Sure, I had moments where I felt that God was so close I could almost breach the ethereal plane and touch Him as a Christian. Never expected one as an atheist…
I was on vacation last week. My favorite kind. One with no agenda. My grandparents owned a place on a lake in Northern Michigan. As a child, and growing into an adult, we had one set rule at the Cabin—you do not have to do something just because everyone else was doing it. If everyone wanted to go swimming and you wanted to take a nap—you could take a nap. No pressure.
If we were going golfing, and you wanted to stay and read a book—GREAT! That was your choice. This developed into a very relaxed atmosphere in which I can vacation without always having to go somewhere or do something or have some itinerary dictating my day.
Sunday morning I went for my typical run. It was hot, and I ended up running a little farther than intended. After showering, and making my coffee, I headed down to the early morning lake to sit for a moment before the rest of the family was up.
I was clean and shiny with endorphins still flowing from my run. The lake was so calm that the boats moored in the water were not in line with waves (there were none) but were sporadically pointing in random directions. The water was clear and so calm that I could hear a raucous breakfast happening somewhere on the lake. Just far enough way to not make out words, but close enough to hear the laughter in the voices.
Not a cloud in the sky. It was a new day, fresh with the promise of a gorgeous Northern Michigan vacation. Just me, the sun, the water, and my coffee. The smell of pine was in the air.
I took that first sip of coffee. I don’t know if you are a coffee drinker, but if you are, you know what the first taste is like. After that, your tongue becomes accustomed to the bitter, rich flavor, but that first sip—oh is it heaven!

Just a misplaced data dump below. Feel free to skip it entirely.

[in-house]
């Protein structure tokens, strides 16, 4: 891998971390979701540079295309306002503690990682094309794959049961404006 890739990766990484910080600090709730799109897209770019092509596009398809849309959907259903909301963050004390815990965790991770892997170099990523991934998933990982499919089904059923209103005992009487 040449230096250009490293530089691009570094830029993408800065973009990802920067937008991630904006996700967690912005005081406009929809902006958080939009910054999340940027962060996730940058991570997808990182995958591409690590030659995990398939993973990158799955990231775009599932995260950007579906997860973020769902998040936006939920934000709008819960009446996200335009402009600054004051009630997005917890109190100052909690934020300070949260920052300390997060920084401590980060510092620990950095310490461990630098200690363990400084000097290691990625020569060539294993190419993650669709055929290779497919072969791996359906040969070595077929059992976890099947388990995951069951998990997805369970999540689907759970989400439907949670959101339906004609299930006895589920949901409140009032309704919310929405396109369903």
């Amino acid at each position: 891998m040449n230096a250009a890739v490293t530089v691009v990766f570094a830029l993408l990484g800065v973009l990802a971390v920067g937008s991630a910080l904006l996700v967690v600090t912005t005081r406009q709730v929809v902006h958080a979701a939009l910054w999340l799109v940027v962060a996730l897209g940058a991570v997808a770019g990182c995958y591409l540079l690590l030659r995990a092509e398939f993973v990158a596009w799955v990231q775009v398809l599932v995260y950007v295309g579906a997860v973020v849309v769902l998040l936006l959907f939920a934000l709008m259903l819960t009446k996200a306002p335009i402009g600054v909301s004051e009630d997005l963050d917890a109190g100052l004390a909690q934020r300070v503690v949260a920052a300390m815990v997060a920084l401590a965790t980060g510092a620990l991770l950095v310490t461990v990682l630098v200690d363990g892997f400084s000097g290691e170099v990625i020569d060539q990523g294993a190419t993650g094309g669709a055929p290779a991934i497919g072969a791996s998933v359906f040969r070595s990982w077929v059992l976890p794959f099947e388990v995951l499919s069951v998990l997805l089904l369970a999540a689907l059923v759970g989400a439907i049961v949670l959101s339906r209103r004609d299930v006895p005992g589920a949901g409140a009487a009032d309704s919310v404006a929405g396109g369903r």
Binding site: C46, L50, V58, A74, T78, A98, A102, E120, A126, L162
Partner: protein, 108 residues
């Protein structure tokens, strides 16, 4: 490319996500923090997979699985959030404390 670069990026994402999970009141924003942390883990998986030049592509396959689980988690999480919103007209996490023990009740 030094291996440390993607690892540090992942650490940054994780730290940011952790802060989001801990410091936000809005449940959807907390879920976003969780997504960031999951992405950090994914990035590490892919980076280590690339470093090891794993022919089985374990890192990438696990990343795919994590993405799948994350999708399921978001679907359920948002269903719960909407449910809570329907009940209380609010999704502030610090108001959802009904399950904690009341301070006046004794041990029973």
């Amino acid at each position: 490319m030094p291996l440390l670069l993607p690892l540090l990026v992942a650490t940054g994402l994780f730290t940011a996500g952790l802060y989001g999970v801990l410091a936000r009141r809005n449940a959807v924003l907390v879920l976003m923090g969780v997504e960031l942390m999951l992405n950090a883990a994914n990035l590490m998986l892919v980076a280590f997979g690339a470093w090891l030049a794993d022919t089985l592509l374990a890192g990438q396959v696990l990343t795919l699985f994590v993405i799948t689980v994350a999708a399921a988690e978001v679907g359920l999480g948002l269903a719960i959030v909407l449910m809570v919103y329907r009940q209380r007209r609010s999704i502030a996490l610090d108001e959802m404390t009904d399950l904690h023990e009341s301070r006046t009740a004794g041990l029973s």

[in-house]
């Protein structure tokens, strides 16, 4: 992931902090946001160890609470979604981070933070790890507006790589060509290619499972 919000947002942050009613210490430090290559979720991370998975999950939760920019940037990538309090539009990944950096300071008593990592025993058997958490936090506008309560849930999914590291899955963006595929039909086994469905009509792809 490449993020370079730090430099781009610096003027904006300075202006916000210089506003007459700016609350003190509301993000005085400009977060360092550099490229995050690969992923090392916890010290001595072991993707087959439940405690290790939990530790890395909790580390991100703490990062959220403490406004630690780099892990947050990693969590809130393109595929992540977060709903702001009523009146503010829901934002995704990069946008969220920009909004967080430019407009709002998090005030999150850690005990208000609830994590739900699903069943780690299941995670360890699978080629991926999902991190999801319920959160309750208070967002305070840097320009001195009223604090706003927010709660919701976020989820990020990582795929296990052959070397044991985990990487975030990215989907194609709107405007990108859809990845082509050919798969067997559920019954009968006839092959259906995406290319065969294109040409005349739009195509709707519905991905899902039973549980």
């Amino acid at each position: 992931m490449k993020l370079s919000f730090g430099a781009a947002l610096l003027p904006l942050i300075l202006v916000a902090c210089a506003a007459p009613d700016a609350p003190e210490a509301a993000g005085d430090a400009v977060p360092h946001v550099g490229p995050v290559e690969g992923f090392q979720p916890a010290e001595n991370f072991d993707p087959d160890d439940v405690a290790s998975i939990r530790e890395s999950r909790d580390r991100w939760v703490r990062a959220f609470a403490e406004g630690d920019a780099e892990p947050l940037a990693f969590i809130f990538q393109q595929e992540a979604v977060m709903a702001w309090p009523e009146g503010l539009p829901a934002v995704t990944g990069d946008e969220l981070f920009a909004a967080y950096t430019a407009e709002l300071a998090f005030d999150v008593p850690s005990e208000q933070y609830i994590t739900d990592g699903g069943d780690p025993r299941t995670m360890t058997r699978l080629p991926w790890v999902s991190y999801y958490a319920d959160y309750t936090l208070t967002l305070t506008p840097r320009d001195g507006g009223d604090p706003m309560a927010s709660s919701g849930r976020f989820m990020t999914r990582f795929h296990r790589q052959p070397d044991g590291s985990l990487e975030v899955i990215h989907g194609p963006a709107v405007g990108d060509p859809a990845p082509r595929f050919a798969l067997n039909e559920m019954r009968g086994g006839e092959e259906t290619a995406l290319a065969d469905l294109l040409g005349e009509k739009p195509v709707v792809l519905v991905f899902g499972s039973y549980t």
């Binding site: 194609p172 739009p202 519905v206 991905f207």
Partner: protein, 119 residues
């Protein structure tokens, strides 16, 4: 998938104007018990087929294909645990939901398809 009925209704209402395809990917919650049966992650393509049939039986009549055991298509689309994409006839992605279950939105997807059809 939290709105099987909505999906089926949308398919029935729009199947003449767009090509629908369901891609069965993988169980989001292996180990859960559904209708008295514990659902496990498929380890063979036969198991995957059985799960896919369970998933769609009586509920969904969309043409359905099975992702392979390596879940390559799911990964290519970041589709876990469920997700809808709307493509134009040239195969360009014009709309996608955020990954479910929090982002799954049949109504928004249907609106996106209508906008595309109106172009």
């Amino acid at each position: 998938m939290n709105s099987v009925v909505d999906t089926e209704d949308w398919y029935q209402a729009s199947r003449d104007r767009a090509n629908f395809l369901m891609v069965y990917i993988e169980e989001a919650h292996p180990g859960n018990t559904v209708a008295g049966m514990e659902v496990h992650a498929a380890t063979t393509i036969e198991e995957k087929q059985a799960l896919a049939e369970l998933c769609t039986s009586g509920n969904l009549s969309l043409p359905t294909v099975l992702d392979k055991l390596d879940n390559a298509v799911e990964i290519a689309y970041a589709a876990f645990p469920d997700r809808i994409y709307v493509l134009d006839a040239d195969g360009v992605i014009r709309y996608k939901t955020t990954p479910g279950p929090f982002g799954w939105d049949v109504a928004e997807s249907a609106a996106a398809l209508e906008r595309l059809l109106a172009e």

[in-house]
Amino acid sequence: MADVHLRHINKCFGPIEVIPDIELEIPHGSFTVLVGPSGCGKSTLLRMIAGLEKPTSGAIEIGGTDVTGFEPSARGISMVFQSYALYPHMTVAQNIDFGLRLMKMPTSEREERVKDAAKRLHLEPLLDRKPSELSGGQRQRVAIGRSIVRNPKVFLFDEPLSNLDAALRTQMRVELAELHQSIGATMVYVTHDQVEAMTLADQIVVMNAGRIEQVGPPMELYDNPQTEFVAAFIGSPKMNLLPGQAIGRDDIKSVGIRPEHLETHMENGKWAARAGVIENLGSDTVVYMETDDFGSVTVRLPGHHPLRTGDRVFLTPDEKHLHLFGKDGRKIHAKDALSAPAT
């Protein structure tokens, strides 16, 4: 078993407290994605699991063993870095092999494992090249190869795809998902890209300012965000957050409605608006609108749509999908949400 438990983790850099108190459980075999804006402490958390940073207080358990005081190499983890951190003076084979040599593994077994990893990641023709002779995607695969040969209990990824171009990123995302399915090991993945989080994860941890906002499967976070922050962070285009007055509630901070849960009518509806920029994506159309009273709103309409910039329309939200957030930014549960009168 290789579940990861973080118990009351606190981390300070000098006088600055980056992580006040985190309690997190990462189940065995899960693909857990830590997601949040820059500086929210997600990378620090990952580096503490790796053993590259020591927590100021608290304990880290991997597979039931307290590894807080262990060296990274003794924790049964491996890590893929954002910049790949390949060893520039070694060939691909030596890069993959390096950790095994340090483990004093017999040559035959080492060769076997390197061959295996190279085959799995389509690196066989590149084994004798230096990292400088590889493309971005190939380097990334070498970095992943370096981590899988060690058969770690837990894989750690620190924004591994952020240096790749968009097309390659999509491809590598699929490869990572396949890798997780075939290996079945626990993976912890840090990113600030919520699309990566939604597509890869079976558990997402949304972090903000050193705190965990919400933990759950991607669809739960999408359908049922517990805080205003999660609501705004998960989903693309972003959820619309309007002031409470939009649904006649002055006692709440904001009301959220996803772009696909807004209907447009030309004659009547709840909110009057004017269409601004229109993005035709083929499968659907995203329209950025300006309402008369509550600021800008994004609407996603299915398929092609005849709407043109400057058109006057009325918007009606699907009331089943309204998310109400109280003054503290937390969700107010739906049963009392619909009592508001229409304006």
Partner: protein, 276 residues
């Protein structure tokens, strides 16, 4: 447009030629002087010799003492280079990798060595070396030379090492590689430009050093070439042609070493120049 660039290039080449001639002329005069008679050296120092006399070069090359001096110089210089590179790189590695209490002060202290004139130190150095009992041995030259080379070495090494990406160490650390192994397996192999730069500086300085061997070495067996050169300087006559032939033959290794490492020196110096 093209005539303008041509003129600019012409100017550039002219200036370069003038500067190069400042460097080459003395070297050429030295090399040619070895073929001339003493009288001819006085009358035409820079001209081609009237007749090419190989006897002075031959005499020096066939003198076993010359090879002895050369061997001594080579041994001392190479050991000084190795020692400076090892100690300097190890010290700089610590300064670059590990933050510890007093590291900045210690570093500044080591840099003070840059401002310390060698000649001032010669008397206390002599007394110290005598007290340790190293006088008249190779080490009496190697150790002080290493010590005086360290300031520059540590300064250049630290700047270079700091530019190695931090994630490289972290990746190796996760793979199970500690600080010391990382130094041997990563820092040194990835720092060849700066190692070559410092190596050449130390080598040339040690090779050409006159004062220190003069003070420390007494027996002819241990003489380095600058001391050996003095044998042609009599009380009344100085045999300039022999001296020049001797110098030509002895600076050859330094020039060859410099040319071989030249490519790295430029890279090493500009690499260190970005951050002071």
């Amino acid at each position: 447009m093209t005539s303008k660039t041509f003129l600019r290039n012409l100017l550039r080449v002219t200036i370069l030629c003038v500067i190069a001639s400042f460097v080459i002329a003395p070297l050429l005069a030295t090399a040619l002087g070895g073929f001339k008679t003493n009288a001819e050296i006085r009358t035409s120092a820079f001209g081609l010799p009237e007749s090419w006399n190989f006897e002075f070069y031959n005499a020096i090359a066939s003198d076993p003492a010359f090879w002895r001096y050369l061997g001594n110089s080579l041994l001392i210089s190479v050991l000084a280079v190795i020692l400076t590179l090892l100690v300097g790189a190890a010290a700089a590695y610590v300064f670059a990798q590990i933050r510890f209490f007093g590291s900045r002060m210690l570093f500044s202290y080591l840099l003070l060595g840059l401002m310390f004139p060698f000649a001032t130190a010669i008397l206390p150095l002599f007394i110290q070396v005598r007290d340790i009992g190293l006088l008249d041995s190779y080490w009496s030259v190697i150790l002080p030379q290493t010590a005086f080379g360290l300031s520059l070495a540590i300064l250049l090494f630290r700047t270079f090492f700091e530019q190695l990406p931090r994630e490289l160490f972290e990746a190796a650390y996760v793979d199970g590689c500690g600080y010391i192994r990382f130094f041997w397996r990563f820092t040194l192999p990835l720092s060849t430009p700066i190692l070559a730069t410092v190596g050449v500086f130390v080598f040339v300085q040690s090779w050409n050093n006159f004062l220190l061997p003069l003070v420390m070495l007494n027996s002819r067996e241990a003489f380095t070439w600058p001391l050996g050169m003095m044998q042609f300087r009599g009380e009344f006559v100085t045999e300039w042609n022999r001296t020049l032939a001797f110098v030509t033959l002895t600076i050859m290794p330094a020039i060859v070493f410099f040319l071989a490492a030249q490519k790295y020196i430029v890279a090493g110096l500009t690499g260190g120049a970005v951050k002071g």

And in that instant, in a rush, I had a God moment. As I looked at nature surrounding me, I thought, “Certainly there must be some creator. This is far too beautiful for me to be lucky enough to roll the cosmic dice and be in such a pure state of ecstasy.”
To any theists out there—you want a great argument for a god? Stand with me on that dock. No, don’t say anything—every syllable you make only detracts from the argument. The strength of it is the silence and absorbing it with every attuned sense.
And then…slowly…as they do…the God moment recessed back. It shrank. I didn’t will it away. I didn’t will it to stay. It just…diminshed. I couldn’t help thinking, “We skeptics sure give theists a rough time about their god. We throw the Problem of Suffering out. We bring up the Tankah, the genocides, the flood over and over and over. We question why their god does what they claim he does. Why they claim he loves us, but never talks to us.”
That was god’s big opportunity! After all the questions, after all the blaming, after all the accusations of immorality, one would think that this would have been his big chance to appear and say, “But see? See? I did pretty good here, don’t you think?” Yet again, though, God did not choose to make an appearance.
I get that the God Moment was simply a time in which I was extremely happy. That a combination of senses and timing gave my brain an adrenaline rush it liked. In the time of my greatest despair, when I was begging for God to show me anything—he never came. In the time of my greatest ecstasy, when a slight shift would have revealed his presence—he never came. He was never there in the first place.
As my cup was almost empty, and the last lingering traces of the God Moment were clinging to my mind, I heard my oldest shout, “Dad! What’s for breakfast?!” And I was brought back to corporeal senses. This was what life was really about—making breakfast. Survival. God Moments are nice—they are mind re-chargers. Yet in the end, we must go return to living. To interacting, eating, sleeping, working, playing and being human.
I made eggs and bacon with a smile on my face. Me. An atheist. Having a moment of spirituality. Who’d a thunk it?